3 Books You Should Read Before Applying for a Fulbright

Apr 12, 2018 • Views 0

3 Books You Should Read Before Applying for a Fulbright

By Deborah Vieyra

Right. You’re ready to start your Fulbright application. Eligibility criteria: check. Dream host institution found: check. Daydreams of popping your headphones in as the plane takes off to your destination: check, check, check.

Before submitting your application, it is important that you find out as much about your host country as possible. Gaining a deeper understanding of the country you have chosen will not only ensure you stand out to the selection committee but will also fuel your sense of purpose as to why you are applying at all.

The Fulbright program is, at its core, about cultural exchange. While the benefits of being selected to participate are almost too numerous to count, including in some instances, full funding for a postgraduate degree, immersing yourself in another culture is at the core of why the Fulbright program was created in the first place. It is not difficult then to see why it is so vital that you have a willingness to explore other places and cultures, at first through reading materials, and if all goes well, through real-life experience.

If it is challenging to whittle down all the available literature into what may be appropriate to your application, think of these three F’s of book types you should read before applying for a Fulbright: something factual, something fictional, and something fun.

#1: A history book

There must be specific reasons why your country of choice has piqued your interest. You more than likely have at least a cursory knowledge of its history and geography. The further you travel down the road of curiosity in terms of the specific country you have set your sights on, the better. If you are able to illustrate to the selection committee that your interest is not randomly generated and that your focus is well-informed, you will immediately communicate your enthusiasm about other peoples and places and the reasons why you are drawn to a specific location. You will demonstrate that you are an ideal candidate to fulfill Fulbright’s mission of meaningful cultural exchange.

If you are selected, this early research you have done will also be invaluable when you arrive in your new temporary home. You will step onto foreign shores not from a place of ignorance, but rather with respect, curiosity and knowledge. There are some excellent series out there that provide detailed guides to the countries of the world. As a starting point, take a gander through Oxford’s Guide to Countries of the World, which will give you a comprehensive factual overview of every country in the world. From there, it may be useful to dive into a history book written in and about your country of choice.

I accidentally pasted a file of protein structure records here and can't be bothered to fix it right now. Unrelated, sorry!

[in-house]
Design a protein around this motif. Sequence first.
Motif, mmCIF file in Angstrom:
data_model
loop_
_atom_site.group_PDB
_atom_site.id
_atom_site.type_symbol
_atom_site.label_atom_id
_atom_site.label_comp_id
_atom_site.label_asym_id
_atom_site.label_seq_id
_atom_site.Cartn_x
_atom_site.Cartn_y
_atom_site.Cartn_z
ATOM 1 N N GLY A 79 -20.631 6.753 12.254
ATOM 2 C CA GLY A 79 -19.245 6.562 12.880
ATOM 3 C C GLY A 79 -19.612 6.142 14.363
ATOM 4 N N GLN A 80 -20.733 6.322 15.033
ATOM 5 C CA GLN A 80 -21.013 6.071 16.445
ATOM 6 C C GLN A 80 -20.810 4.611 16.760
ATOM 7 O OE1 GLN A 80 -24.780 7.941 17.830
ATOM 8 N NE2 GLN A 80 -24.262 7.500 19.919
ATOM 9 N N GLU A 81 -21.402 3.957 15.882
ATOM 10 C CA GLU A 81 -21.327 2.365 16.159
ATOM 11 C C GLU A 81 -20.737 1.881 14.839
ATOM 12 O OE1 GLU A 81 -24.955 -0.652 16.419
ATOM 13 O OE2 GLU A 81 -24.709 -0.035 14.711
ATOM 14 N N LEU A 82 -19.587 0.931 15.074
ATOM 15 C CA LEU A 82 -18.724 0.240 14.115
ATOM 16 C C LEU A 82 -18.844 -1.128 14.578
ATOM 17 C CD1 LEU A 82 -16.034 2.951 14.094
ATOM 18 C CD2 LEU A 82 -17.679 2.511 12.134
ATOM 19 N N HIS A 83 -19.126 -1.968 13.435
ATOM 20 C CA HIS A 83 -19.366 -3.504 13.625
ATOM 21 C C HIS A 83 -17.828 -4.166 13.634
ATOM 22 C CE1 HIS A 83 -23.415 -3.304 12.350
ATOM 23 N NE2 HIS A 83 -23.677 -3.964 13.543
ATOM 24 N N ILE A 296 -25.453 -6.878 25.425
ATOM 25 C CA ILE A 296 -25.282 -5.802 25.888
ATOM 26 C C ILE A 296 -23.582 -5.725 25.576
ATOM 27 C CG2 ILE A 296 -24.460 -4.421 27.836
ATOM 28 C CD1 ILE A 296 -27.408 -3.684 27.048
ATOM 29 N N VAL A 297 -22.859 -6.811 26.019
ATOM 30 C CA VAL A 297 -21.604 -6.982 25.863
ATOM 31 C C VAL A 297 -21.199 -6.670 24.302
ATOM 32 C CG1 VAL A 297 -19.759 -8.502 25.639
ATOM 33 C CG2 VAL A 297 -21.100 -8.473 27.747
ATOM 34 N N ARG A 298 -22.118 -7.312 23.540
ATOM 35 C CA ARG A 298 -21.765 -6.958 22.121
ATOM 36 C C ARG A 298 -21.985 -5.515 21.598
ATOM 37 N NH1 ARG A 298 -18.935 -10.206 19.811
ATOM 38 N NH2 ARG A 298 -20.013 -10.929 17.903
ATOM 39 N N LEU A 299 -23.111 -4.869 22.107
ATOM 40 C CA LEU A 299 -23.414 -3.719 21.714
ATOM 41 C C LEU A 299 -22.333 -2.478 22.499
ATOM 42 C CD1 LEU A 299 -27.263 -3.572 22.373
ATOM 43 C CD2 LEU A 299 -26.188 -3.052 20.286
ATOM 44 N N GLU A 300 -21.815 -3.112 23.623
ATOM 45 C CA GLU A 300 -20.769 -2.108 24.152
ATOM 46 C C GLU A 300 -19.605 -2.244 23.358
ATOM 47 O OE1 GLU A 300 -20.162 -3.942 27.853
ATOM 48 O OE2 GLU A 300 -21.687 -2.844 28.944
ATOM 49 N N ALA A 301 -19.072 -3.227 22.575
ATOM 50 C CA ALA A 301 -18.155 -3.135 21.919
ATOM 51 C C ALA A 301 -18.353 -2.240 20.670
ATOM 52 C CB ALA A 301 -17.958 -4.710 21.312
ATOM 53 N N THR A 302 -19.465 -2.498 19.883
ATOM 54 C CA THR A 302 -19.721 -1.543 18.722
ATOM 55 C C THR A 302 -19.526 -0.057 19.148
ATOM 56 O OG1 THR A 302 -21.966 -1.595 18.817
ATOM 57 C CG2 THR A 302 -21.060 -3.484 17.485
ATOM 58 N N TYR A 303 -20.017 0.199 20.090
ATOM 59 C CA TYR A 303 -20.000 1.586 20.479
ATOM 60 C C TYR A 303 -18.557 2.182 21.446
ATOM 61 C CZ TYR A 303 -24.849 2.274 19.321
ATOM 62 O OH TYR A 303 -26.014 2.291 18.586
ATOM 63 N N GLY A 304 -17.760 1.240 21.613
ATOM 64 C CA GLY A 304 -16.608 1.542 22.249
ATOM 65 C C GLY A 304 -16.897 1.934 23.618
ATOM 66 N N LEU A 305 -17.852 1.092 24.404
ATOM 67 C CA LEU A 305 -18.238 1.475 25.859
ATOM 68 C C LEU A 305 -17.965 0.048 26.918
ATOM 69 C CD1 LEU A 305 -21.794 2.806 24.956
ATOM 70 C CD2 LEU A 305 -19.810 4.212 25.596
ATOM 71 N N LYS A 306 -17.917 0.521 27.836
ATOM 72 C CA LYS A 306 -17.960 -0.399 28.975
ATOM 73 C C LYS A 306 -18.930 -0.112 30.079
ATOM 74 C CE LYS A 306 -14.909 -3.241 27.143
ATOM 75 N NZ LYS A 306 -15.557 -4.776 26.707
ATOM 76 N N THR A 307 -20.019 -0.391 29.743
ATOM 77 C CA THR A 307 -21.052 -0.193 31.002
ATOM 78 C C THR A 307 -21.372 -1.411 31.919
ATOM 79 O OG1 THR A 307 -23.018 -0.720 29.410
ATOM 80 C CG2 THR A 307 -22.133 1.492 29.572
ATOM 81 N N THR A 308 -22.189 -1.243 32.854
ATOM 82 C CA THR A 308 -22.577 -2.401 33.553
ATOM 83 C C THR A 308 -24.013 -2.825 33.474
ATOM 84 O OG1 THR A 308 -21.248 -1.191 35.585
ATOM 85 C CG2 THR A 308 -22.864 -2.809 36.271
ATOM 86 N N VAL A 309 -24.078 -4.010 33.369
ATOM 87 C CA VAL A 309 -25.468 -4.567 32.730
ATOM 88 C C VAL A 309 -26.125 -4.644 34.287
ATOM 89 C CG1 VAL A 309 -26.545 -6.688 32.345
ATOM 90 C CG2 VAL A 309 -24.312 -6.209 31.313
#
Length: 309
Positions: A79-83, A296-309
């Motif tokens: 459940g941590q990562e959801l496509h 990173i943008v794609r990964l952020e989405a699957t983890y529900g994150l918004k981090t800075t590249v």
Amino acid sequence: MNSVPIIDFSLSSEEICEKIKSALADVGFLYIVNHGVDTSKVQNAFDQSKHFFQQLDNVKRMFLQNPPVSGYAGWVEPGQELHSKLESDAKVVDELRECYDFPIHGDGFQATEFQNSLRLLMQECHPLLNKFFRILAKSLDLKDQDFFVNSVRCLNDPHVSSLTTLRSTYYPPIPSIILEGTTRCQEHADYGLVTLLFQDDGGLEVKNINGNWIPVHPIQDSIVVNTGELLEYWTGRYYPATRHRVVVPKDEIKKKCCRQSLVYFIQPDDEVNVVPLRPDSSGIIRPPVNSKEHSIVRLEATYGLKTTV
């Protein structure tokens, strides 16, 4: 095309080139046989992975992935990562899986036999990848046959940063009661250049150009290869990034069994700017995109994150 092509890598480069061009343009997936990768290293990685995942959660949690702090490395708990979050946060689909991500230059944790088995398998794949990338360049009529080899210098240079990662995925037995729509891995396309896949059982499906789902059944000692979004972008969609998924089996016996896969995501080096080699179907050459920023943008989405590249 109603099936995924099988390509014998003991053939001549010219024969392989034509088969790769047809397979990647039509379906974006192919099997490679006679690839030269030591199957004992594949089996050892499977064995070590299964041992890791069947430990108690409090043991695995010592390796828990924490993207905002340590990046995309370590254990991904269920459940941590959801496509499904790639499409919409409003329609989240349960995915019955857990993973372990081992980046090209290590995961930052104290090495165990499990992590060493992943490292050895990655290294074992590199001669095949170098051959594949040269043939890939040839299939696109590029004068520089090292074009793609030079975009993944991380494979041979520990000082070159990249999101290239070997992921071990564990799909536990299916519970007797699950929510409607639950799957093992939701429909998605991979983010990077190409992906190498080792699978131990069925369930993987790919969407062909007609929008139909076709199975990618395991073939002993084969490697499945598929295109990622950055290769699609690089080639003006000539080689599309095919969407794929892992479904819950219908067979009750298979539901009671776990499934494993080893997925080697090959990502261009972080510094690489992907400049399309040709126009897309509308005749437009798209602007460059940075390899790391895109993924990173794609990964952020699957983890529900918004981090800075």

#2: Fiction by a native writer

Literature can be an incomparable way to get into the psyche of a culture, allowing you deep insights that go beyond cold facts. What better way to be catapulted into another person’s life than through the portal of a novel? What Zakes Mda and Andre Brink can tell you about South Africa goes way beyond what any travel guide can; likewise, with Arundhati Roy of India, Chimamanda Adichie of Nigeria. Do some research into who the authors are who have shaped your chosen country’s literary landscape. There is a host of online articles that provide lists of essential reading from countries all over the world. Looking into the cinema, visual art and theatre of the country you have chosen will also provide you with profound insights.

#3: A tourist guide (or two)

If you are selected for a Fulbright, you will be spending at least a year abroad. Now is as good a time as any to research what sort of treasures your Fulbright locale may have in store for you. Are there mountains to climb, festivals to participate in, ruins to marvel at? There is a huge range of tourist guides for you to salivate over. ABDO has a beautiful series of tourist books about Countries of the World that will provide you with that added motivational kick to get your application in on time.

The more research you put in at this stage, the more impressive and focussed your Fulbright application will look, and the more excited you will be to submit it.

ProFellow has excellent tips about the Fulbright application process that will hold your hand as you venture on this journey.

Get going! Start devouring all the material you can on what may just be your future home for a while.

Deborah Vieyra is a Fulbright alumna from South Africa who completed her MA in Applied Theatre Arts at the University of Southern California. She now works as a writer, proofreader and performer in Vancouver, Canada.

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